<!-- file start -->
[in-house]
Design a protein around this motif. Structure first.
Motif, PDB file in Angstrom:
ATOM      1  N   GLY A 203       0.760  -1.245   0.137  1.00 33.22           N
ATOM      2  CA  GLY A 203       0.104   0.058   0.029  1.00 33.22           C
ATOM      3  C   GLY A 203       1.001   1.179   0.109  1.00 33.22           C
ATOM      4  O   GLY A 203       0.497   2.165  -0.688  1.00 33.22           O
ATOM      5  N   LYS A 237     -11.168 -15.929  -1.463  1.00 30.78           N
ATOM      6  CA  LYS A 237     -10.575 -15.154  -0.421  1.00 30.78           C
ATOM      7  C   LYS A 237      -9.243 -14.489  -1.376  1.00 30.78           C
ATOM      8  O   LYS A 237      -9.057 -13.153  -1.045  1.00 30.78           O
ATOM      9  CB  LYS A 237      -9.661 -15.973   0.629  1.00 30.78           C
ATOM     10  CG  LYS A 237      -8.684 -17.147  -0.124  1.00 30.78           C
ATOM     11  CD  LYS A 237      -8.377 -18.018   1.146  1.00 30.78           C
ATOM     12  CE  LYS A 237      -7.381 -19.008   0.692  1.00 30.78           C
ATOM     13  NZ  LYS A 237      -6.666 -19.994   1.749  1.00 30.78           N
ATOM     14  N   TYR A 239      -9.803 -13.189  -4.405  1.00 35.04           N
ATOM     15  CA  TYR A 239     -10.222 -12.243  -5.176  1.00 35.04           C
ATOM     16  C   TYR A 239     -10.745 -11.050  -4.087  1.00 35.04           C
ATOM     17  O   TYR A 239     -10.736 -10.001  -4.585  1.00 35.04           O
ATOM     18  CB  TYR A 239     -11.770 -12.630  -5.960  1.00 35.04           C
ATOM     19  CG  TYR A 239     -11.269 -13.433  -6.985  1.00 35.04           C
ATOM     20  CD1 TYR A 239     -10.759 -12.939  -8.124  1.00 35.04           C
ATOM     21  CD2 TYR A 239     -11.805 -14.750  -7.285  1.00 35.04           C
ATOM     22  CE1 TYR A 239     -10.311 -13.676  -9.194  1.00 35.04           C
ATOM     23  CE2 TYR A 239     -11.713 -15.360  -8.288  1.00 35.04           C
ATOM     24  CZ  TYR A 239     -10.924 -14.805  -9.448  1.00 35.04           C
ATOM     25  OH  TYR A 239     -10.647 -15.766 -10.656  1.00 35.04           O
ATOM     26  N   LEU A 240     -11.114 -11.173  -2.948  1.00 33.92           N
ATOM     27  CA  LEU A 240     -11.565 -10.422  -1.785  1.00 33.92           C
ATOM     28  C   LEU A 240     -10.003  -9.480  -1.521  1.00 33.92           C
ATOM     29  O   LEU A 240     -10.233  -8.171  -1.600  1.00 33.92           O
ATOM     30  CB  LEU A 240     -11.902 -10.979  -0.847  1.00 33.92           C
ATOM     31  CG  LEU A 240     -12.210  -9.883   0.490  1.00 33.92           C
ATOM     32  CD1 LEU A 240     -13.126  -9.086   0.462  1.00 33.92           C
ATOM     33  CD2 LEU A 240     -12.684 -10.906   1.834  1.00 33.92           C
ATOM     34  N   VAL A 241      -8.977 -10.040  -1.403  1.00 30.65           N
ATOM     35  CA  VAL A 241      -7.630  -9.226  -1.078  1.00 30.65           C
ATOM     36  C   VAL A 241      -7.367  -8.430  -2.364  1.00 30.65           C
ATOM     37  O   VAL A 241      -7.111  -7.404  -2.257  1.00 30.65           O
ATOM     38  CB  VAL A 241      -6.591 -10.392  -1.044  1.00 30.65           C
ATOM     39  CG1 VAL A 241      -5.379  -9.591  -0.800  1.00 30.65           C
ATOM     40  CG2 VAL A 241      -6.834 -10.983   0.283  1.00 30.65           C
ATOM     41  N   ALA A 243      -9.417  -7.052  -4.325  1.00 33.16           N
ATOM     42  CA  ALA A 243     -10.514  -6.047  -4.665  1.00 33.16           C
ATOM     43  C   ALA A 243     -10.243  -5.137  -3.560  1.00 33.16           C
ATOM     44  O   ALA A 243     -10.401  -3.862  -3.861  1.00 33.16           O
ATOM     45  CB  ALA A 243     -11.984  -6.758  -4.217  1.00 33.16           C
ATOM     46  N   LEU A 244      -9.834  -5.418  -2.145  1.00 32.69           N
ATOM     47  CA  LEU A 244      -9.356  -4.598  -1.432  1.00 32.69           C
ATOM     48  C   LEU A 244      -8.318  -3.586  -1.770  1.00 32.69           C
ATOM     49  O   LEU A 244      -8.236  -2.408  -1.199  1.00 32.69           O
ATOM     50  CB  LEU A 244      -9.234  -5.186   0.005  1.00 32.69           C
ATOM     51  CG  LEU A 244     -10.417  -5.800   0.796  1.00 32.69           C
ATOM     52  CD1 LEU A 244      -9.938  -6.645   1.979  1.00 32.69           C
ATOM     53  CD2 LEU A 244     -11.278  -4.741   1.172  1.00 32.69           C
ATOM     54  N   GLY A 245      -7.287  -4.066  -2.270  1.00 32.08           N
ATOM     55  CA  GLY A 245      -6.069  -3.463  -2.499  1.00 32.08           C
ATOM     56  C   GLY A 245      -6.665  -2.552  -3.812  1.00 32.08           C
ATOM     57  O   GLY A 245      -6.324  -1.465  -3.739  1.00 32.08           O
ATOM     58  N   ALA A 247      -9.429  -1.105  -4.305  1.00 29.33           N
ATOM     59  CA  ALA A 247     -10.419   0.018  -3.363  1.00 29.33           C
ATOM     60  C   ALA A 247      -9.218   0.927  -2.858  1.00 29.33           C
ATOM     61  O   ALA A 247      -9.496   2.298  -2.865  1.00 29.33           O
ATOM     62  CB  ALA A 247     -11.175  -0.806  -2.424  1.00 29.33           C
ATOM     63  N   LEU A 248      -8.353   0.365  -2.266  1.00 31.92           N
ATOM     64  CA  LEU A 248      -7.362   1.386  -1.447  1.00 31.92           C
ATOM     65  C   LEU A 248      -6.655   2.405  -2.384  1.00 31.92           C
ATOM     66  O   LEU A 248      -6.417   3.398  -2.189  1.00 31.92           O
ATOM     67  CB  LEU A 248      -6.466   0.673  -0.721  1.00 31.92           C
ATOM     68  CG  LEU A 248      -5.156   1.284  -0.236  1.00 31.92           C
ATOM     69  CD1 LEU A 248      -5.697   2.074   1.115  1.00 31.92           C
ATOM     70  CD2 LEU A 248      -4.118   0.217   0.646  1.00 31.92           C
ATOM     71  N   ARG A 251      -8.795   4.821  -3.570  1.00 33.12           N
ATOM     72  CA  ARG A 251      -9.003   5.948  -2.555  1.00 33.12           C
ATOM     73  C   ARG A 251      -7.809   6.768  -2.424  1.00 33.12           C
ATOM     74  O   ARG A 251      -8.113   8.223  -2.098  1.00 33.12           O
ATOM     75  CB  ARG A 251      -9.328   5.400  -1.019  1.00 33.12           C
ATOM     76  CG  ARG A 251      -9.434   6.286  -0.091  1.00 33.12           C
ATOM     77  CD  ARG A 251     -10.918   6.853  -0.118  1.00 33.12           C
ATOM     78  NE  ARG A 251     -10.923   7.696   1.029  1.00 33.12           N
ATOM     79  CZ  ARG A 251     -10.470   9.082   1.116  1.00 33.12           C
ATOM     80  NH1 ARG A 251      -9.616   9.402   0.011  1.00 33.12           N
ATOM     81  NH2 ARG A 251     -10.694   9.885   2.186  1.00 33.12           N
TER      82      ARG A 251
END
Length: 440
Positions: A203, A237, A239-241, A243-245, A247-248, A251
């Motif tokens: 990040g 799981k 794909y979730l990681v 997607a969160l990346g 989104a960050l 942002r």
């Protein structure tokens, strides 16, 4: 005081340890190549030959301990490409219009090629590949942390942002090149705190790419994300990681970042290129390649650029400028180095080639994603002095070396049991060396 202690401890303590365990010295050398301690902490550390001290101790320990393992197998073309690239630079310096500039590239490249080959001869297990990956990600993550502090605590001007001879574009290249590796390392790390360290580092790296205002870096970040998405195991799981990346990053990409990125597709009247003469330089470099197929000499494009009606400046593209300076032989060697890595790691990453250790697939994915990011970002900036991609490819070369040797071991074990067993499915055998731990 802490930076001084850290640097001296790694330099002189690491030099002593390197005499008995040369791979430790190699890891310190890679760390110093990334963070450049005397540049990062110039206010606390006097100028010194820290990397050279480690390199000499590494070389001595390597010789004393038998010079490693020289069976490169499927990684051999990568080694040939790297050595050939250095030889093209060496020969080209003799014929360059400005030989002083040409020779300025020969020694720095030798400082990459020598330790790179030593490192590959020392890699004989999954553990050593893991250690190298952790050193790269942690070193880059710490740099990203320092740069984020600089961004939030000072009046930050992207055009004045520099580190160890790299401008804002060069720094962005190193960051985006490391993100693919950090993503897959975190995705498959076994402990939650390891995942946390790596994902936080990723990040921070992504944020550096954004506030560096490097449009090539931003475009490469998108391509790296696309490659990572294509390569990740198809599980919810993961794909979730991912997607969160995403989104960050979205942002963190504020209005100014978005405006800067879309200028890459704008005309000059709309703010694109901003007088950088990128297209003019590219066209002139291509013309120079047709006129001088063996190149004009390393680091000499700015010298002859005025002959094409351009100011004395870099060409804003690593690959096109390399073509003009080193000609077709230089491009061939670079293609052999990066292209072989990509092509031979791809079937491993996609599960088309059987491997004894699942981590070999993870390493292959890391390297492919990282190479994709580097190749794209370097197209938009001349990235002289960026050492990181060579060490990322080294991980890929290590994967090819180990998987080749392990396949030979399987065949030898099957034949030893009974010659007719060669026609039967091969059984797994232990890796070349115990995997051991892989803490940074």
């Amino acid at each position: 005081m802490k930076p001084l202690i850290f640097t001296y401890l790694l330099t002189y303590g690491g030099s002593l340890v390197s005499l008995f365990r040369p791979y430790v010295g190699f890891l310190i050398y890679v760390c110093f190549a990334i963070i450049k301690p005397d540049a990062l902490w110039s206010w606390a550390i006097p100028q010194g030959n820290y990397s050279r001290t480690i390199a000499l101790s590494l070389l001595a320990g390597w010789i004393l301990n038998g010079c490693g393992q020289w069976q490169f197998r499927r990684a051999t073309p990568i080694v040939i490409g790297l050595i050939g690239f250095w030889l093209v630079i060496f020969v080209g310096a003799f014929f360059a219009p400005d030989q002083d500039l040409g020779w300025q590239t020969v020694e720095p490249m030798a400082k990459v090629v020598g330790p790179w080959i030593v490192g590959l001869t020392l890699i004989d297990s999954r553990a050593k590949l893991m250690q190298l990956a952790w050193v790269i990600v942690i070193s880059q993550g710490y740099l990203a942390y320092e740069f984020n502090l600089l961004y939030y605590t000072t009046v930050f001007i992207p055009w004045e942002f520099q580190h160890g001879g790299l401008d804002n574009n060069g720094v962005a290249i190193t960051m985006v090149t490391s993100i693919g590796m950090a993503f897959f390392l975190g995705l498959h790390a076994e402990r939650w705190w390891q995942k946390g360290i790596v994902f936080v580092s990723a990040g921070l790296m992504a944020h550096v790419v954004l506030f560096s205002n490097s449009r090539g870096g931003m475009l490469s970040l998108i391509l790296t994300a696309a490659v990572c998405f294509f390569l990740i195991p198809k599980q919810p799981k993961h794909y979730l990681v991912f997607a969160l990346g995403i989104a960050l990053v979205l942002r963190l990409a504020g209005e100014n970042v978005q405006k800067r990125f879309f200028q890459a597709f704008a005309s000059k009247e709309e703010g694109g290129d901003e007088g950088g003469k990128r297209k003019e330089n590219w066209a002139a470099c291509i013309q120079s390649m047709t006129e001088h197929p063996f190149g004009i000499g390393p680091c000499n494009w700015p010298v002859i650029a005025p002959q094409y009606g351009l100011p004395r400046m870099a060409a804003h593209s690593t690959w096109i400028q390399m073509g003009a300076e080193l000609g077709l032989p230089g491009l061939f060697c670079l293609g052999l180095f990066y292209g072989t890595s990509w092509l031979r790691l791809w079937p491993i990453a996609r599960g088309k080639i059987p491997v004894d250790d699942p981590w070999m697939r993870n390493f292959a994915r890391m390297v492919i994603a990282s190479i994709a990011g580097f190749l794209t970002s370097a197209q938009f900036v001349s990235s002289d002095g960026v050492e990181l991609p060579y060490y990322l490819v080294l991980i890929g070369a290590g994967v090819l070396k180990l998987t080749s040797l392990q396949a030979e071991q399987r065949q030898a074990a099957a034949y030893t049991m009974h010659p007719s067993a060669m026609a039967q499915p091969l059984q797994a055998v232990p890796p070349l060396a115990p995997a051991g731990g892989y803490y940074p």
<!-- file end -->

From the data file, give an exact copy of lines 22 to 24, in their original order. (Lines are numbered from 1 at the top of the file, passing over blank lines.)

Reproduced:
ATOM     19  CG  TYR A 239     -11.269 -13.433  -6.985  1.00 35.04           C
ATOM     20  CD1 TYR A 239     -10.759 -12.939  -8.124  1.00 35.04           C
ATOM     21  CD2 TYR A 239     -11.805 -14.750  -7.285  1.00 35.04           C